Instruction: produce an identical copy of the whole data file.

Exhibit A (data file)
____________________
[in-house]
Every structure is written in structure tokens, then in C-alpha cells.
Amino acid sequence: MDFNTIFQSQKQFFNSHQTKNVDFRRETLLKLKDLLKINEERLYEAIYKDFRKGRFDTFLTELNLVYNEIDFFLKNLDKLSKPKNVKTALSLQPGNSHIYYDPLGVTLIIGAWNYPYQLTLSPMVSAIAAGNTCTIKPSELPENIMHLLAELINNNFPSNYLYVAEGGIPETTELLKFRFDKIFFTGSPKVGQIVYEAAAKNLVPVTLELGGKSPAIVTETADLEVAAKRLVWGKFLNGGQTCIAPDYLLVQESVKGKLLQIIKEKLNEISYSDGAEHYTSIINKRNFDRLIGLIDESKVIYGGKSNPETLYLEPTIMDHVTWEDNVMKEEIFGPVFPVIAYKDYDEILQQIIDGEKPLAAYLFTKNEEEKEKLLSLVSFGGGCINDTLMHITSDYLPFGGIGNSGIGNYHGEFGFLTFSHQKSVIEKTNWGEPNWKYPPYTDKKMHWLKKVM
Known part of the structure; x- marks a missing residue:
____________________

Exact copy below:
[in-house]
Every structure is written in structure tokens, then in C-alpha cells.
Amino acid sequence: MDFNTIFQSQKQFFNSHQTKNVDFRRETLLKLKDLLKINEERLYEAIYKDFRKGRFDTFLTELNLVYNEIDFFLKNLDKLSKPKNVKTALSLQPGNSHIYYDPLGVTLIIGAWNYPYQLTLSPMVSAIAAGNTCTIKPSELPENIMHLLAELINNNFPSNYLYVAEGGIPETTELLKFRFDKIFFTGSPKVGQIVYEAAAKNLVPVTLELGGKSPAIVTETADLEVAAKRLVWGKFLNGGQTCIAPDYLLVQESVKGKLLQIIKEKLNEISYSDGAEHYTSIINKRNFDRLIGLIDESKVIYGGKSNPETLYLEPTIMDHVTWEDNVMKEEIFGPVFPVIAYKDYDEILQQIIDGEKPLAAYLFTKNEEEKEKLLSLVSFGGGCINDTLMHITSDYLPFGGIGNSGIGNYHGEFGFLTFSHQKSVIEKTNWGEPNWKYPPYTDKKMHWLKKVM
Known part of the structure; x- marks a missing residue: